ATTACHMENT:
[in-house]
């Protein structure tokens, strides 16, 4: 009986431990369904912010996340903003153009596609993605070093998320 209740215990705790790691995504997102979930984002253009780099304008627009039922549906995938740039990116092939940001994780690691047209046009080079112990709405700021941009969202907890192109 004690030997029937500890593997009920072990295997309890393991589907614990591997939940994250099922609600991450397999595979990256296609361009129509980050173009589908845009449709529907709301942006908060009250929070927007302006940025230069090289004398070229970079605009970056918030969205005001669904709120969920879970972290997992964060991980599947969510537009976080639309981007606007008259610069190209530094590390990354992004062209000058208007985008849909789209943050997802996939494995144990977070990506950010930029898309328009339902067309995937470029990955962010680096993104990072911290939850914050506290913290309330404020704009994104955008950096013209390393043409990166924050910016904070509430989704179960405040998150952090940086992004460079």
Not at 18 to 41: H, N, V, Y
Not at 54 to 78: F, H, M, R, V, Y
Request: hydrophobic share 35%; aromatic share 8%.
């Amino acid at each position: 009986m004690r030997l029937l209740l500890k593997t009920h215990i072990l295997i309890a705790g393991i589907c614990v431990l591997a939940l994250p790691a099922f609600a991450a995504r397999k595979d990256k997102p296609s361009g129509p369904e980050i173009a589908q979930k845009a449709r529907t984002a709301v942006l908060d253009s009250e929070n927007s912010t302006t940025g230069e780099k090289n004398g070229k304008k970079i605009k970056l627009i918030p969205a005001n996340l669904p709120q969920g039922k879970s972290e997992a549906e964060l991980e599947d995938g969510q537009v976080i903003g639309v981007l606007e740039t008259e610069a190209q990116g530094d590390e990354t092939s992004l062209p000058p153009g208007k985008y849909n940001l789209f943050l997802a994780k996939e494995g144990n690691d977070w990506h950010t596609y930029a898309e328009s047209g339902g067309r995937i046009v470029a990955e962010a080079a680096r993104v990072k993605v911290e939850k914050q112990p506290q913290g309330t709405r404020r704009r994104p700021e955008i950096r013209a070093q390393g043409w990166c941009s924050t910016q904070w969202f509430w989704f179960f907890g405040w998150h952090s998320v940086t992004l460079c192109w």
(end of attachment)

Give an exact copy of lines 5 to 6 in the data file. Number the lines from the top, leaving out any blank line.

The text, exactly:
Request: hydrophobic share 35%; aromatic share 8%.
């Amino acid at each position: 009986m004690r030997l029937l209740l500890k593997t009920h215990i072990l295997i309890a705790g393991i589907c614990v431990l591997a939940l994250p790691a099922f609600a991450a995504r397999k595979d990256k997102p296609s361009g129509p369904e980050i173009a589908q979930k845009a449709r529907t984002a709301v942006l908060d253009s009250e929070n927007s912010t302006t940025g230069e780099k090289n004398g070229k304008k970079i605009k970056l627009i918030p969205a005001n996340l669904p709120q969920g039922k879970s972290e997992a549906e964060l991980e599947d995938g969510q537009v976080i903003g639309v981007l606007e740039t008259e610069a190209q990116g530094d590390e990354t092939s992004l062209p000058p153009g208007k985008y849909n940001l789209f943050l997802a994780k996939e494995g144990n690691d977070w990506h950010t596609y930029a898309e328009s047209g339902g067309r995937i046009v470029a990955e962010a080079a680096r993104v990072k993605v911290e939850k914050q112990p506290q913290g309330t709405r404020r704009r994104p700021e955008i950096r013209a070093q390393g043409w990166c941009s924050t910016q904070w969202f509430w989704f179960f907890g405040w998150h952090s998320v940086t992004l460079c192109w």